Who can afford these jeans? Probably those who will benefit from Trump’s tax “plan,” which redirects our investing in clean air/water/food, health care, education, scientific research and our citizens’ pursuit of happiness to investing our taxes in corporations and the ultra-wealthy One Percent who stand to pocket hundreds of thousands so a few bucks can “trickle down” (a Trump fave) to the rest of us. He revealed a tax plan so simple it fits on a single 8 1/2 x 11 sheet of paper, unlike his own personal taxes, which, if he’d reveal them, would speak volumes.

Continue reading

Police Watch: Officer assaulted in Kips Bay, Bike ‘thief’ busted for stolen credit cards

MAN CHARGED WITH ASSAULTING OFFICER IN KIPS BAY
Police arrested 39-year-old Kevin Legenza after he allegedly punched a cop in front of 124 East 28th Street last Friday at 3:13 a.m.
Police said that Legenza was sitting down on the hood of an operating vehicle in front of the location and refused to move. Police officers at the scene asked him to move several times and he allegedly refused. Police said that they told him he was blocking traffic and would be issued a summons if he didn’t move. Legenza then allegedly tried to stop the officer from doing this by pushing him and attempting to walk away. Police said that they attempted to arrest the suspect but he allegedly flailed his arms and actively resisted being restrained, so officers brought him to the ground. This is when Legenza allegedly fell on top of one of the officers and also punched the officer in the face multiple times.
An attorney for Legenza did not respond to a request for comment.

BIKE ‘THIEF’ BUSTED FOR STOLEN CREDIT CARDS
Police arrested 26-year-old Benjamin Marcial for petit larceny and possession of stolen property last Friday at 2:11 p.m. at the corner of East 20th Street and the FDR Drive. Police said that Marcial took a bicycle from the sidewalk without permission and allegedly attempted to put the stolen bike in a taxi to flee the scene.
While Marcial was in custody after being arrested for stealing the bike, police said that he was found to be in possession of stolen credit cards. Police said that the credit cards had been swiped from a Blink Fitness location in the 9th precinct.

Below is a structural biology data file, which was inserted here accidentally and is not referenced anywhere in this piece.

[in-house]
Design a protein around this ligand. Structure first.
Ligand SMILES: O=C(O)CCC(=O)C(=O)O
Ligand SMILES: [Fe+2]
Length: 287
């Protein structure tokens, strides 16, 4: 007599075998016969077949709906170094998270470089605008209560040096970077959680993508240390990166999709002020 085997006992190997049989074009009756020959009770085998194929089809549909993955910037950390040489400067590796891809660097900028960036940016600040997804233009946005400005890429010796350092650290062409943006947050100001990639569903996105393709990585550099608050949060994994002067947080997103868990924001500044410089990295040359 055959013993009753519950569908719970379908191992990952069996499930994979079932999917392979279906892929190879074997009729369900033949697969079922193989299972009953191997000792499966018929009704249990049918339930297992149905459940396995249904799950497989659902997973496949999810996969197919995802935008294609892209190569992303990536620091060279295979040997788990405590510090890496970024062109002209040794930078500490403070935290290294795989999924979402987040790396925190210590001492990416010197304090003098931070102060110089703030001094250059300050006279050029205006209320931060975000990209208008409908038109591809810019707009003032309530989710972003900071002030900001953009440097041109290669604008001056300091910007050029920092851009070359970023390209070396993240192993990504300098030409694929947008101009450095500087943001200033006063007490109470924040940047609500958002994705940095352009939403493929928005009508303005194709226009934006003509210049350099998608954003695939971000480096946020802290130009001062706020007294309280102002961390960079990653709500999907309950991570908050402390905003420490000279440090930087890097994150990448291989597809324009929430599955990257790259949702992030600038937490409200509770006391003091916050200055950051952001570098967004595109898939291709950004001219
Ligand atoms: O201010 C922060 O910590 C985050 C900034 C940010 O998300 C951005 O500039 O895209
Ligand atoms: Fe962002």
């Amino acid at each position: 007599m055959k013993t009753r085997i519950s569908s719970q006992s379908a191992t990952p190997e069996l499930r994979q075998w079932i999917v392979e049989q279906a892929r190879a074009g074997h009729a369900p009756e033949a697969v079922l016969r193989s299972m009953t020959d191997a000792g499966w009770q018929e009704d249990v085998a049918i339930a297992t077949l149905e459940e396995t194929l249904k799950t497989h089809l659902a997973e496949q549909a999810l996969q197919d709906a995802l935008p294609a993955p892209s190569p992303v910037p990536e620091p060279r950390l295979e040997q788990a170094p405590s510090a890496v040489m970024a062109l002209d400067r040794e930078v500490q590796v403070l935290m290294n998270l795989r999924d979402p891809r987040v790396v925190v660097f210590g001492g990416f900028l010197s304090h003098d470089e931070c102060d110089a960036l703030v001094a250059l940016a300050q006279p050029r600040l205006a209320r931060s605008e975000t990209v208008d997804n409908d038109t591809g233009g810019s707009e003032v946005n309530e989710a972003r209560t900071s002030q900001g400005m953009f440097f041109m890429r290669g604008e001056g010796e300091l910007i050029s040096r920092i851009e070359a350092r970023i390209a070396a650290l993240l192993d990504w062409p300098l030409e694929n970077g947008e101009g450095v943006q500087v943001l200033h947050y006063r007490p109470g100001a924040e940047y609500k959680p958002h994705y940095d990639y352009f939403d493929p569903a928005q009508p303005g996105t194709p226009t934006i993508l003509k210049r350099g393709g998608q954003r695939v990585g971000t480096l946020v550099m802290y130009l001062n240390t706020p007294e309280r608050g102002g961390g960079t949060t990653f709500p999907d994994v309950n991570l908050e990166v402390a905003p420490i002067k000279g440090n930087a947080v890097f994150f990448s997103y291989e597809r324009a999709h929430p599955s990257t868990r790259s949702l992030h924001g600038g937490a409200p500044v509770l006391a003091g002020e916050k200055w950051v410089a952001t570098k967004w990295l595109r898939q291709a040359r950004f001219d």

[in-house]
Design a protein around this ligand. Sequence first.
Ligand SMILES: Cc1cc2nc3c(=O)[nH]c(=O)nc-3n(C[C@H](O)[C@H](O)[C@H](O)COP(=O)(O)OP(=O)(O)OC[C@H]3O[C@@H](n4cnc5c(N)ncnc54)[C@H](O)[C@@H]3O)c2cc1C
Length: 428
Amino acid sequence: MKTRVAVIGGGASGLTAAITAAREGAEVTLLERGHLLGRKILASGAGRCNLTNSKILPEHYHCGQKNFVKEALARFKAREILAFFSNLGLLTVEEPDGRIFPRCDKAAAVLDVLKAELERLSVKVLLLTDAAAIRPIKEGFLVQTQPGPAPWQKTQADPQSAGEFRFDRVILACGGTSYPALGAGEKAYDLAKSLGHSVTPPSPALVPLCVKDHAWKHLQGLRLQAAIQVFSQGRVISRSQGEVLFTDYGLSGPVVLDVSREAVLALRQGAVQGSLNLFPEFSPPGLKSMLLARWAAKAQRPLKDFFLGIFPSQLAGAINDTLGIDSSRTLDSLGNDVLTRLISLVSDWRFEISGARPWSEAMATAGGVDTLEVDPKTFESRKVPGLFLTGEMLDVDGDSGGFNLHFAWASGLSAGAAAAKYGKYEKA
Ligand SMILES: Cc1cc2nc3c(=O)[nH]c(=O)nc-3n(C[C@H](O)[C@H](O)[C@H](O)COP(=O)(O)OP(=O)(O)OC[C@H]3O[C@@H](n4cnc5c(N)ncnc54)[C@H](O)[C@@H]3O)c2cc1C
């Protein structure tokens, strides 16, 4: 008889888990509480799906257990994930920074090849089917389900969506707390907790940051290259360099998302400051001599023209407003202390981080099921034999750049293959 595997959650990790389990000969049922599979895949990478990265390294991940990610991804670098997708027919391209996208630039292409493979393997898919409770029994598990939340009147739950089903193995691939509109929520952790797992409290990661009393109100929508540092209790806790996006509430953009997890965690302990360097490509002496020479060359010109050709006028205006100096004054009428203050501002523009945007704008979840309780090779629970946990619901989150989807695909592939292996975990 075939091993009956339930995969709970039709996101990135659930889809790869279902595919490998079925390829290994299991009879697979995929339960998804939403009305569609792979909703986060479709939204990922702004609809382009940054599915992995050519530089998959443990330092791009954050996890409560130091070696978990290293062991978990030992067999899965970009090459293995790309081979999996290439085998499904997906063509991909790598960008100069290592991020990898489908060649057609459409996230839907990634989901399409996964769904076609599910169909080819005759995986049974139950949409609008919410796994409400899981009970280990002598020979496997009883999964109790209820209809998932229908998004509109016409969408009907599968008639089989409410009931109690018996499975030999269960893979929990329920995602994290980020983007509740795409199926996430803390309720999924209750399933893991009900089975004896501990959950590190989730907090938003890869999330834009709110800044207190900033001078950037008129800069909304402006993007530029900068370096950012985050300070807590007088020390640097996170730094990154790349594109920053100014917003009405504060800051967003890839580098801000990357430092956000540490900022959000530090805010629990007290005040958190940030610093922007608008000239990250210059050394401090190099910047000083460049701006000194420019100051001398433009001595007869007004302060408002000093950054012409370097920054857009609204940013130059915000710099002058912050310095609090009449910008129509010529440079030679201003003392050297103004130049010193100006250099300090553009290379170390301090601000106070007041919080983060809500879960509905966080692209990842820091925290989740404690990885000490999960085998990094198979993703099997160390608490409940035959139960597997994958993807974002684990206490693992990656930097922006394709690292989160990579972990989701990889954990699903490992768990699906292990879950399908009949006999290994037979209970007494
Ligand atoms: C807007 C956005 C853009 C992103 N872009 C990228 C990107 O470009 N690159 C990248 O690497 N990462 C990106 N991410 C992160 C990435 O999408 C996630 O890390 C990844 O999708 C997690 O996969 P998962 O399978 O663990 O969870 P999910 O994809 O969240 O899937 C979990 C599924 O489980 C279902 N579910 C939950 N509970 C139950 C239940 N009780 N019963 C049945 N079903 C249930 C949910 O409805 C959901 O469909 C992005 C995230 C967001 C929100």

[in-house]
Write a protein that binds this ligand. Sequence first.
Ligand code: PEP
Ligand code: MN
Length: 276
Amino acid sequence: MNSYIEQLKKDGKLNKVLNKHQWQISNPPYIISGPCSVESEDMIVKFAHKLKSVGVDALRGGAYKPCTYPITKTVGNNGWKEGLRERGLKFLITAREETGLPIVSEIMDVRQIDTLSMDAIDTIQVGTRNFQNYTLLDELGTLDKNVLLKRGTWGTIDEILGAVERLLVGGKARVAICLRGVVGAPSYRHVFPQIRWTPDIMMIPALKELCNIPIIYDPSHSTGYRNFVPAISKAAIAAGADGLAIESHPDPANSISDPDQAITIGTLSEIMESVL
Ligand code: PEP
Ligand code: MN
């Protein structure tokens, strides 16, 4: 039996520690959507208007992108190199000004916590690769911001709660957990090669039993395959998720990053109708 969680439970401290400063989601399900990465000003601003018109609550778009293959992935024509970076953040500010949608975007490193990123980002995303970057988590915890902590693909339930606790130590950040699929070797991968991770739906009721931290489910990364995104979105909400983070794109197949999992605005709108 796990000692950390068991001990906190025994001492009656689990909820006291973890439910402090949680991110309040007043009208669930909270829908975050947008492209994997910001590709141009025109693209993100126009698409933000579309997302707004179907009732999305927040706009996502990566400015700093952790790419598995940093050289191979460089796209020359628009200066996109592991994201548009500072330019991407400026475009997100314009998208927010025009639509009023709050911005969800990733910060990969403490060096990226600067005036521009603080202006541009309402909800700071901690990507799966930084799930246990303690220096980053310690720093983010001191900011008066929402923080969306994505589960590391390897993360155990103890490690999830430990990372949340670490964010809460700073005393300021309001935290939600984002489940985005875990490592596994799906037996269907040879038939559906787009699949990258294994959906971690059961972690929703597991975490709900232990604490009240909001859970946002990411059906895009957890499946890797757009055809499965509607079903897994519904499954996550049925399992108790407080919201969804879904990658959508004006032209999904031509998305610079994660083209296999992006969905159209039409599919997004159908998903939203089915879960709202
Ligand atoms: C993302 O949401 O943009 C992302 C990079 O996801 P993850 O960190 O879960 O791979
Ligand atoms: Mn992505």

Continue reading

Editorial: Small businesses need pols’ help and ours

City Council Members Dan Garodnick and Helen Rosenthal have been doggedly pushing a bill that if passed would give some relief to many of the Manhattan retailers who are forced to pay Commercial Rent Tax. The tax, they’ve argued, is discriminatory as it punishes retailers and restaurants for the crime of doing business below 96th Street and above Chambers. We have to say, we agree it’s obviously unfair, and we hope the legislation doesn’t face any obstacles in getting signed.

However, as any Manhattan storefronter can attest to, taxes are just the tip of the iceberg. Amazon is an ever-present competitor and the rent is too damn high with commercial tenants not having much in the way of bargaining power when it’s lease renewal time.

Rosenthal, following the press conference that was held for the CRT bill, said the Small Business Jobs Survival Act, which is aimed at giving business owners an automatic ten-year lease renewal, is being looked at by the council’s counsel. The legislation has been languishing for decades though recently it has gained steam as neighbors have grown weary of seeing their local small businesses get pushed out by chains.

Continue reading

Con Ed continues oil spill clean-up

Con Ed substation in Manhattan (Photo by Sabina Mollot)

By Maria Rocha-Buschel